Necco Candy - Candy Buttons - Candy Wafers
Necco Classic Candy Favorites from the 50's. Candy buttons, Mary Janes, Necco Wafers, Clark Bars, Skybars, Mint Julep, Slap Stix are just a few classics from Necco. We have rounded up all your old time favorites you ate as a kid.
Necco - New England Confectionery Company is the oldest nostalgic candy company in the USA. It first started manufacturing old time classic candy in 1847. It's hard to believe that our favorites like Mary Janes, Necco Wafers, squirrel nut zippers and Candy Buttons have been around for over 150 years.
NECCO (New England Confectionery Company) dates its start back to the summer of 1847. It is the oldest multi-line candy company in the United States.|
Here is a brief time line on how it all started.
Oliver R. Chase of Boston invents and patents the first American candy machine, a lozenge cutter. This marks the founding of the nation's candy industry, the beginning of commercial manufacture. With his brother, Silas Edwin, he founds Chase and Company, the pioneer member of the NECCO family.
Daniel Fobes forms a partnership with Joseph G. Ball, confectioner, under the firm name Ball and Fobes.
Oliver Chase invents and patents a machine for pulverizing sugar.
Fobes masters the art of making Oriental sweets, thus introducing in America a wholly new kind of confection.
William Wright of Boston begins to make popular hard candies similar to those made in England. He joins Charles Bird, confectioner, under the firm name of Bird, Wright and Company, the third member of the NECCO family.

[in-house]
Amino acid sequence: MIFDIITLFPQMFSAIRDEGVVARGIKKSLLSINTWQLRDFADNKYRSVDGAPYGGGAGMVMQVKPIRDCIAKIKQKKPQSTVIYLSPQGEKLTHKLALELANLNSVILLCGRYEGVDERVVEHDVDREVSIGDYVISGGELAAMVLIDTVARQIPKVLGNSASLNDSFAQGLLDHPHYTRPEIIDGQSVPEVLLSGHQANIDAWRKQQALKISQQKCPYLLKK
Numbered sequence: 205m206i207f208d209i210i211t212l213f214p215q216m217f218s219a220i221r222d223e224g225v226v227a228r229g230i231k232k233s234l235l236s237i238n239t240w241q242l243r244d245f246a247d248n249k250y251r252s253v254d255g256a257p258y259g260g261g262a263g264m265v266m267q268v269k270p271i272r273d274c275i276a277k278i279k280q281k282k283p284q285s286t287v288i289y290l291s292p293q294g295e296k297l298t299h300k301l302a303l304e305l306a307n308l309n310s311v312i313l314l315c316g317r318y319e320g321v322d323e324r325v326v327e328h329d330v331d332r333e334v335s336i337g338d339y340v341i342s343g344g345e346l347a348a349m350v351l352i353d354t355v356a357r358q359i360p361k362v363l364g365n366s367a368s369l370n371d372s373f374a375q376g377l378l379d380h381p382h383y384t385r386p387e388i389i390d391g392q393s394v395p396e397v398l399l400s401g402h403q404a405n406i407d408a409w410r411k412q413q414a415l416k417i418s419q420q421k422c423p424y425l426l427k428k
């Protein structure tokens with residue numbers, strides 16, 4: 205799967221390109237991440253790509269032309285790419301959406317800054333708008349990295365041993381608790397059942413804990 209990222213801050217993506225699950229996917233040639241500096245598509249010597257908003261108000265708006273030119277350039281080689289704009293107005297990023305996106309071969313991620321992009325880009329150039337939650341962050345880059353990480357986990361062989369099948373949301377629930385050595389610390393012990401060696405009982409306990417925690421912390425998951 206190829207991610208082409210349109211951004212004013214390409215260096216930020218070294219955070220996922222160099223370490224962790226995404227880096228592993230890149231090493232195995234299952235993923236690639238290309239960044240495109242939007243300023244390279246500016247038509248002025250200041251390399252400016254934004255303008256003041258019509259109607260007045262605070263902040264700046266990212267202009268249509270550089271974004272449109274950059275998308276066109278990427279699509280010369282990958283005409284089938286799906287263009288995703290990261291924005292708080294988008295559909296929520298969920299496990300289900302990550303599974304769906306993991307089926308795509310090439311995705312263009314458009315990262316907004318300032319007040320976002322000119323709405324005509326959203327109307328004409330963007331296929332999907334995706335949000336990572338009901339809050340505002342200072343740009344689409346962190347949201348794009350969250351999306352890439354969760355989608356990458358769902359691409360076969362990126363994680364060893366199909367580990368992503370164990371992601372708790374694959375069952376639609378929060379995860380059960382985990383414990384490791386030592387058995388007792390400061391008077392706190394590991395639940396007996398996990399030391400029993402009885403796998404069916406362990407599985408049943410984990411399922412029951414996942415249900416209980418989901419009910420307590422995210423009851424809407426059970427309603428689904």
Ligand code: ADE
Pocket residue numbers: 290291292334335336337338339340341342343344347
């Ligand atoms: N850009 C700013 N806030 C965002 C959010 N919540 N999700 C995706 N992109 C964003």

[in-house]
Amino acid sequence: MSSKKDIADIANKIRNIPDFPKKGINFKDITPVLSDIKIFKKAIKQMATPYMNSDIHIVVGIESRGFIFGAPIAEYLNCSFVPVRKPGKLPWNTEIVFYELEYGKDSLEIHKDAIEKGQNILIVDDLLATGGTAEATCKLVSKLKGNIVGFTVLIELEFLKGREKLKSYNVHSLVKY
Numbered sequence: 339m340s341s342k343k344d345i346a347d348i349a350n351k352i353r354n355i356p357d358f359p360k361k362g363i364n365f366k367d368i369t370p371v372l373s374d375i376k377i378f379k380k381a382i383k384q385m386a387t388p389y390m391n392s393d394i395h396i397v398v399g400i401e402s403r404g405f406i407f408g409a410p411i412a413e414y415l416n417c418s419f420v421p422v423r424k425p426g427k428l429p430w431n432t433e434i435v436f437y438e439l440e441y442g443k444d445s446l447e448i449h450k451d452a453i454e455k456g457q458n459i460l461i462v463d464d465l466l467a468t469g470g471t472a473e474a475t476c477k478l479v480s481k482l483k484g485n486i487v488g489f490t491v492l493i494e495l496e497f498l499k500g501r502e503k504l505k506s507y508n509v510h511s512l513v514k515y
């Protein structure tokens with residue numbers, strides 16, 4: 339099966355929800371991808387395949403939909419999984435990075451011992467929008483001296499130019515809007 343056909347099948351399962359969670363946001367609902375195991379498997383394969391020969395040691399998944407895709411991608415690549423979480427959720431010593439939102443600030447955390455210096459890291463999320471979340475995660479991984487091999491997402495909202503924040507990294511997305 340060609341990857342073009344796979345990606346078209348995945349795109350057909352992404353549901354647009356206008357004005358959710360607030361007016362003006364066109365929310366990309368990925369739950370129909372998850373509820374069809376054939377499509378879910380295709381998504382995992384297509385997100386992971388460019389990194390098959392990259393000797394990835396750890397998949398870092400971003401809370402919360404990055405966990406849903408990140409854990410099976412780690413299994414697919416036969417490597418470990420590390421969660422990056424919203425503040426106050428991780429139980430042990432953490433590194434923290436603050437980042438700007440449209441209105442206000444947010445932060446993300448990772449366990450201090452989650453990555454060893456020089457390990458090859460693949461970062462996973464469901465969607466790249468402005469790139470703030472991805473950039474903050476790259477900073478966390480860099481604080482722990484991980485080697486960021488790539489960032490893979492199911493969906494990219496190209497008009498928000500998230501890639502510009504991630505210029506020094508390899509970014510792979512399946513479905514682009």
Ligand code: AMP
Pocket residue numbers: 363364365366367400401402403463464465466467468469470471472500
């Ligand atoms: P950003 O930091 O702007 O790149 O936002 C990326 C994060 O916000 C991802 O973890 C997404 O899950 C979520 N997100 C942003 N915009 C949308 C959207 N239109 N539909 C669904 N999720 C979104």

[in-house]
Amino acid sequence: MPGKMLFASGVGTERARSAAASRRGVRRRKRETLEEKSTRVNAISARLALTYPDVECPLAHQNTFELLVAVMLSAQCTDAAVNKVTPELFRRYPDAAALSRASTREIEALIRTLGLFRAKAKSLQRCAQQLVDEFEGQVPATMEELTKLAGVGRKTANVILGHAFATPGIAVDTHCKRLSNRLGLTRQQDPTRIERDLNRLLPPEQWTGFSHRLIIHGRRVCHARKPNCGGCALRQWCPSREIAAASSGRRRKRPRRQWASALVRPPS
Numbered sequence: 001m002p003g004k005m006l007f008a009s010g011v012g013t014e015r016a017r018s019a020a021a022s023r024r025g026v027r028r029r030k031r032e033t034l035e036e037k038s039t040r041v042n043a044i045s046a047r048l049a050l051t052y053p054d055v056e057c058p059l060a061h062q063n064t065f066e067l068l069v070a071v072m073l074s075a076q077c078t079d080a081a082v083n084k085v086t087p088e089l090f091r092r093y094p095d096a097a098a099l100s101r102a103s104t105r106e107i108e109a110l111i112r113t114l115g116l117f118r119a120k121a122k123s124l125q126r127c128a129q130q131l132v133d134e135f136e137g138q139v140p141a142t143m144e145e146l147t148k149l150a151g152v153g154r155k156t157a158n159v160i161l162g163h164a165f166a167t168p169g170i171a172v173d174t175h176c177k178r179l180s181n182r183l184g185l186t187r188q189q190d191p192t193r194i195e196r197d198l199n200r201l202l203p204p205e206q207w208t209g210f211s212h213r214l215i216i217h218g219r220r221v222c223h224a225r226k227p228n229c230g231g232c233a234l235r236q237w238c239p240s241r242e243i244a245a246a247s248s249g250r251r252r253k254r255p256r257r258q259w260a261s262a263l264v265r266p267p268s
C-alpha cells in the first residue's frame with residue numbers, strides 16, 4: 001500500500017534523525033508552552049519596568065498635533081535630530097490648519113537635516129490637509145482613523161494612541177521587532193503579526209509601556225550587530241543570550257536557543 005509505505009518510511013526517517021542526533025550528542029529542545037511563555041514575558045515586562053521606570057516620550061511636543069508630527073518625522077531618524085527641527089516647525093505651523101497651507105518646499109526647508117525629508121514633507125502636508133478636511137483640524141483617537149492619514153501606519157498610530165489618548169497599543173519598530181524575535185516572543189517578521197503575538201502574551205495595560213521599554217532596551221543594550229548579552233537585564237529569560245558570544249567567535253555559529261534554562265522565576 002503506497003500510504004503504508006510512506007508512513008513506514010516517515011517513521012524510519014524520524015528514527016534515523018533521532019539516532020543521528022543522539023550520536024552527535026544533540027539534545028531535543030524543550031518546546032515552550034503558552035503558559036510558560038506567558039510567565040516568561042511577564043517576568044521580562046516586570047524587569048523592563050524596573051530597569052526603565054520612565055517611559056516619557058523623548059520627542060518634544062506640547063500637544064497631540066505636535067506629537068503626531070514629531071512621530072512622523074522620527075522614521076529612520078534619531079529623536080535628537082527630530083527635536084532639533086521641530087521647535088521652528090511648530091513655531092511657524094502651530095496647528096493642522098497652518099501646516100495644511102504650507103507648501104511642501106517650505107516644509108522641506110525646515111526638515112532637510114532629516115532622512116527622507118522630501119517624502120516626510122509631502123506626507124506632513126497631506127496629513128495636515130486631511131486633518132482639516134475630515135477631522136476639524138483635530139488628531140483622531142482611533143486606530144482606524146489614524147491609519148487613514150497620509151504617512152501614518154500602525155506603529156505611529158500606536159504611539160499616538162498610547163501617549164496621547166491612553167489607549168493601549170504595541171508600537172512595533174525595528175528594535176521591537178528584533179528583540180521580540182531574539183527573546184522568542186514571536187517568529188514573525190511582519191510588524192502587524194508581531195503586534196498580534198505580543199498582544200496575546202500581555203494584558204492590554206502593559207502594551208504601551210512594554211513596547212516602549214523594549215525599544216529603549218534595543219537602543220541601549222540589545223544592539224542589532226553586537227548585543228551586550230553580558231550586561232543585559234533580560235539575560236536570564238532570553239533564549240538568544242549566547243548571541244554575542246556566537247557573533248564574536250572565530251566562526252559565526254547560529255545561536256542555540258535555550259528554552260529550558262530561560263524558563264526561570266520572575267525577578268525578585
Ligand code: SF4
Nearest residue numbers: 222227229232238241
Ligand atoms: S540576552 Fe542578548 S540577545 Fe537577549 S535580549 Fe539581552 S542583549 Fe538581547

Fobes, Hayward and Company succeed Ball and Fobes as Mr. Ball retires and Mr. Fobes admits Daniel H. and Albert F. Hayward to the firm. (It continues under this name until it joins the two other pioneer firms in 1901 to form the New England Confectionery Company.)
Fobes, Hayward and Company begin to advertise as "Wholesale Confectioners, Manufacturers and Wholesale Dealers in Confectionery and Sugar Toys."
At the Centennial Exposition in Philadelphia, the candy industry makes an impressive demonstration of its rapid growth. Steam power, which has revolutionized the business within ten years, is demonstrated in many new machines. Chase and Company is one of twenty firms exhibiting, showing its improved power machines.
The National Confectioners' Association is formed to unite all reputable firms in the fight for pure candy. Abner Moody becomes its first treasurer.
Fobes, Hayward and Company extend its business to include the manufacture and sale of confectioners' machines.
Charles N. Miller and his three sons found a small business manufacturing and selling homemade candy. The building where they began was the Paul Revere House in Boston's North End, where Revere lived with his family until 1800. The Charles N. Miller company would begin manufacturing Mary Janes in 1914.
UIS, Inc. of New York acquires NECCO from the Necco heirs. The company goes through a period of restructuring under seven presidents.
Domenic M. Antonellis comes to NECCO as part of the company reorganization and for ten years serves in a number of management positions.
NECCO acquires the assets of Clark Bar America, Inc. of Pittsburgh, makers of the Clark bar, a chocolately coated peanut butter crunch candy.
Today NECCO’s Corporate World Headquarters is located in Revere, MA, They manufactur timeless candy classics. It's hard to believe throught out 150 years with all the company mergers, the war, fires and changes that Necco is still making all of our favorite candies from our childhood.